Street photography, as any shy practitioner acutely understands, is a public art. Even if it’s not displayed in the streets, like downtown sculpture (or Wing Young Huie’s inventive bus stop images, for that matter), photographs are fundamentally of the people. You can’t do the art without them. But how much does photography actually tell us about its subjects, even when they’re caught off guard, at their most bare? What can we know from a passing glance perfectly frozen?
Directors: John Maloof, Charlie Siskel
Producers: Jeff Garlin, John Maloof, Chris McKinley, Lars Mortensen, Mary Prendergast, Charlie Siskel
Writers: John Maloof, Charlie Siskel
Cinematographer: John Maloof
Editor: Aaron Wickenden
Music: J. Ralph
Cast: John Maloof, Mary Ellen Mark, Phil Donahue
Premiere: September 9, 2013 –Toronto International Film Festival
US Theatrical Release: March 28, 2014
US Distributor: Sundance Selects
Better, perhaps, than any other in recent memory, outsider photographer Vivian Maier embodies the tensions inherent to the medium between anonymity and exposure, intimacy and obscurity, surface and depth. A compulsive shutterbug, she took hundreds of thousands of photographs, usually portraits of city folk she didn’t know, and showed them to almost no one. Most she did not even develop. Yet, as photographer Mary Ellen Mark testifies in Finding Vivian Maier, Maier’s work is on par with Robert Frank, Diane Arbus, Lisette Model—the giants of twentieth century photography. “Had she made herself known,” Mark says, cycling through Maier’s images on a computer, “she would be famous.”
Why she didn’t embrace this celebrity is the central question of John Maloof and Charlie Siskel’s engaging documentary, and though it’s certainly not the only question you could ask about Maier’s work, it’s a dramatically effective one, transforming what could’ve been a basic introduction into a globe-trotting tale of detection.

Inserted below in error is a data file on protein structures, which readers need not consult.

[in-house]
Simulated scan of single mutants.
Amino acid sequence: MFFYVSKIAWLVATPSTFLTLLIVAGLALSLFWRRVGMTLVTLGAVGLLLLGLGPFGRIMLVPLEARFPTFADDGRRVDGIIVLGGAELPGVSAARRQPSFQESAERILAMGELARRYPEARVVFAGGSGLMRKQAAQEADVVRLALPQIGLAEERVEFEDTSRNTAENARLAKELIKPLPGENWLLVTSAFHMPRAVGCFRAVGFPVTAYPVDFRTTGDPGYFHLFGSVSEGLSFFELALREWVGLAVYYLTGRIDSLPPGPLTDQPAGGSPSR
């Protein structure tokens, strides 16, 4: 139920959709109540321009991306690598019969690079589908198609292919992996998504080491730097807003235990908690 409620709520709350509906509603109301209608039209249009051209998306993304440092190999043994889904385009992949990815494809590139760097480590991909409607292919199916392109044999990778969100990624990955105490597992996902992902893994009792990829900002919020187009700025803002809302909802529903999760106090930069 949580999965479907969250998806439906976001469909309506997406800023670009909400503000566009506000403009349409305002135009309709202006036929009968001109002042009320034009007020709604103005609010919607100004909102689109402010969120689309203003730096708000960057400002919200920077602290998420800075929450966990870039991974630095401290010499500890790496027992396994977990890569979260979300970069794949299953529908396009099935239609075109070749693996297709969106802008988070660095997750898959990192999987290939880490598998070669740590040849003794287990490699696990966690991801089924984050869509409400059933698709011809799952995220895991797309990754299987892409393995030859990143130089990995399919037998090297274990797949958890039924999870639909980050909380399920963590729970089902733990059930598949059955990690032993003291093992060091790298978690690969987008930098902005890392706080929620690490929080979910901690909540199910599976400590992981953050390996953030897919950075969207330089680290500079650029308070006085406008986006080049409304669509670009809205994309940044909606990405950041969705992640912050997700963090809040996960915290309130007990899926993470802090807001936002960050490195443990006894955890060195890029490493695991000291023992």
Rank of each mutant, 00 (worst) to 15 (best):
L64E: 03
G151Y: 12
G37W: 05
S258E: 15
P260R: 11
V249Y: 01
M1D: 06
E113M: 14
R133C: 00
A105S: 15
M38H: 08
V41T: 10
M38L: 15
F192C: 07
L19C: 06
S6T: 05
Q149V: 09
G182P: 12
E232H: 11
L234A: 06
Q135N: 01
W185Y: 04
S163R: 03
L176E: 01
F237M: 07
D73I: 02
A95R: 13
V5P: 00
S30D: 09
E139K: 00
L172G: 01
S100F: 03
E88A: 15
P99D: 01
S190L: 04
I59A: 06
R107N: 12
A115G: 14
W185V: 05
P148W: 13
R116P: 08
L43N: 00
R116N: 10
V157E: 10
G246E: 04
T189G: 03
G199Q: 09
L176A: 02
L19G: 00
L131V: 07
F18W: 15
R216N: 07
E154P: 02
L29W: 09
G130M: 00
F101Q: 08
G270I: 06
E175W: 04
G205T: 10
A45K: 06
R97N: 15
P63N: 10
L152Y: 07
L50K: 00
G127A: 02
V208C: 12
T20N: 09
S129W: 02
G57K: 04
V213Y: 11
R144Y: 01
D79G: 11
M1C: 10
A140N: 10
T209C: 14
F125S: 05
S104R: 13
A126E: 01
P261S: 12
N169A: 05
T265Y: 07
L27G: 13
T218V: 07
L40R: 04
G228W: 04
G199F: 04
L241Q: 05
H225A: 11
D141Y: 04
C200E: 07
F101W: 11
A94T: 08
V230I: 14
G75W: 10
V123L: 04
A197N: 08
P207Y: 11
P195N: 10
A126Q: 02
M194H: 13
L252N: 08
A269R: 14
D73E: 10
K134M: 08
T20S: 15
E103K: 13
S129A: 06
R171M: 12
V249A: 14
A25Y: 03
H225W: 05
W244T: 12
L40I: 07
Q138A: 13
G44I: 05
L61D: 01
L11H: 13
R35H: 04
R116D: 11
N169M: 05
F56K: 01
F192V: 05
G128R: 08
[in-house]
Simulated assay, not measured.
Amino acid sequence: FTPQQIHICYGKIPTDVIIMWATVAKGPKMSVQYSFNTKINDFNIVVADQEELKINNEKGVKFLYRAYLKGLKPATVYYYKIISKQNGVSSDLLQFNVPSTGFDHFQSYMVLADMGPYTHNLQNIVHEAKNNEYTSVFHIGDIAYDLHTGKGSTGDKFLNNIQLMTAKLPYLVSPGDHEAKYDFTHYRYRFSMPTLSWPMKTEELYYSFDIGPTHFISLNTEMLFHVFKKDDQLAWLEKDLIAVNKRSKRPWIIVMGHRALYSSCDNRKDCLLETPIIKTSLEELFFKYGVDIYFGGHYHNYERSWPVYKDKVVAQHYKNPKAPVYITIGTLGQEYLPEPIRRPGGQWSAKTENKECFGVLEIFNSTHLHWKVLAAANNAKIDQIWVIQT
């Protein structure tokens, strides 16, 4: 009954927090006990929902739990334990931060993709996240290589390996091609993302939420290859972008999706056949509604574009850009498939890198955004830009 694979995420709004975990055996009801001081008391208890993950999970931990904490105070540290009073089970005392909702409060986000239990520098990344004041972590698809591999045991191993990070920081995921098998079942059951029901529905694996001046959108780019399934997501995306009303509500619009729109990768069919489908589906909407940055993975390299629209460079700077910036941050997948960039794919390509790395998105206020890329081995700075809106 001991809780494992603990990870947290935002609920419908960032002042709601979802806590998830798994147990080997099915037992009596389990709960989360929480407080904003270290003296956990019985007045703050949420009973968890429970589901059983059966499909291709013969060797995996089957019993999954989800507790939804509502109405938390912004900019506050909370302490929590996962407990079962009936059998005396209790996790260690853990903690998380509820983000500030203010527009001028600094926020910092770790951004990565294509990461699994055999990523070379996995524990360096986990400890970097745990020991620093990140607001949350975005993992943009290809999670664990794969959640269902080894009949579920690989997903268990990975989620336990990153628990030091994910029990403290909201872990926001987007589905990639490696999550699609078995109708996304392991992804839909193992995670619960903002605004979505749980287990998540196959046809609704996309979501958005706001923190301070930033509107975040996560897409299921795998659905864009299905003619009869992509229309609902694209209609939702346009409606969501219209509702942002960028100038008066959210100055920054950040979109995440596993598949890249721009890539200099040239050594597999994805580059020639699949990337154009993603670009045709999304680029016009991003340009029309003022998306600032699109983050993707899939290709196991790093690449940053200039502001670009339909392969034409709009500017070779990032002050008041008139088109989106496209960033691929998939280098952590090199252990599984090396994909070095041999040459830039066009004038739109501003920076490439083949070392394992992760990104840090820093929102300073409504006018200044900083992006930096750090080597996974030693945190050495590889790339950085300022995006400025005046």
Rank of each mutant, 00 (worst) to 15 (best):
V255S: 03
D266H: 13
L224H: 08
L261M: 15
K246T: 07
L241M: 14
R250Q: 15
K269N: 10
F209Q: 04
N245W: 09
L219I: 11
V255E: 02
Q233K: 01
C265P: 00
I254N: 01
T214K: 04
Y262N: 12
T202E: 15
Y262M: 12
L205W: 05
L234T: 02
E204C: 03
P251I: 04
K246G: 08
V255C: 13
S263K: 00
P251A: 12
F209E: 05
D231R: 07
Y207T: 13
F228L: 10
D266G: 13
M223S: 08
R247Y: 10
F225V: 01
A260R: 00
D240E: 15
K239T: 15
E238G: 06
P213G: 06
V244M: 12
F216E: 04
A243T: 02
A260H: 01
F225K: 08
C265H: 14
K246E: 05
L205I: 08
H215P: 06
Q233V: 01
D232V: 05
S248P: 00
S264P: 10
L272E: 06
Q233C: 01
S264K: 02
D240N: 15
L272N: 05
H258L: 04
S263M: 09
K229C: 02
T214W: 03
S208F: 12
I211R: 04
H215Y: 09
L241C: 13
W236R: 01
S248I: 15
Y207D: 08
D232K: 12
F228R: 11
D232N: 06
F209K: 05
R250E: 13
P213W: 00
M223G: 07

The mystery begins with Maloof himself, who is not only the film’s co-director but one of its major characters: he was the auction-goer who, in 2007, accidentally discovered Maier’s work. Weaving together talking heads, Maier’s images, and his own narration, the film’s first half traces Maloof’s growing fascination with the mysterious photographer from inception to vocation. Initially dismissive, Maloof relegated her photographs to his closet, but returning to the work a few years later, he became so obsessed that he began trying to track Maier down. Finding little beyond an obituary, he started a blog and began uploading her work. Online her pictures became a sensation, generating fawning assessments from shutterbugs and newspapers worldwide, and before long Maloof found himself organizing shows of Maier’s work—first at the Chicago Cultural Center, and then, as her popularity grew, around the country.
A major part of that popularity is, of course, her biography, and that’s where the film ventures in its latter half. It’s a welcome turn: Maloof is a competent but colorless proxy, and it’s a bit strange that he chooses to include so much of himself in a production about someone so private, especially considering the wealth of material Maloof has to work with. Maier was a packrat, and the detritus she accumulated (tickets, bills, letters) gives the film visual texture, and offers plenty of leads to track down, which he diligently does.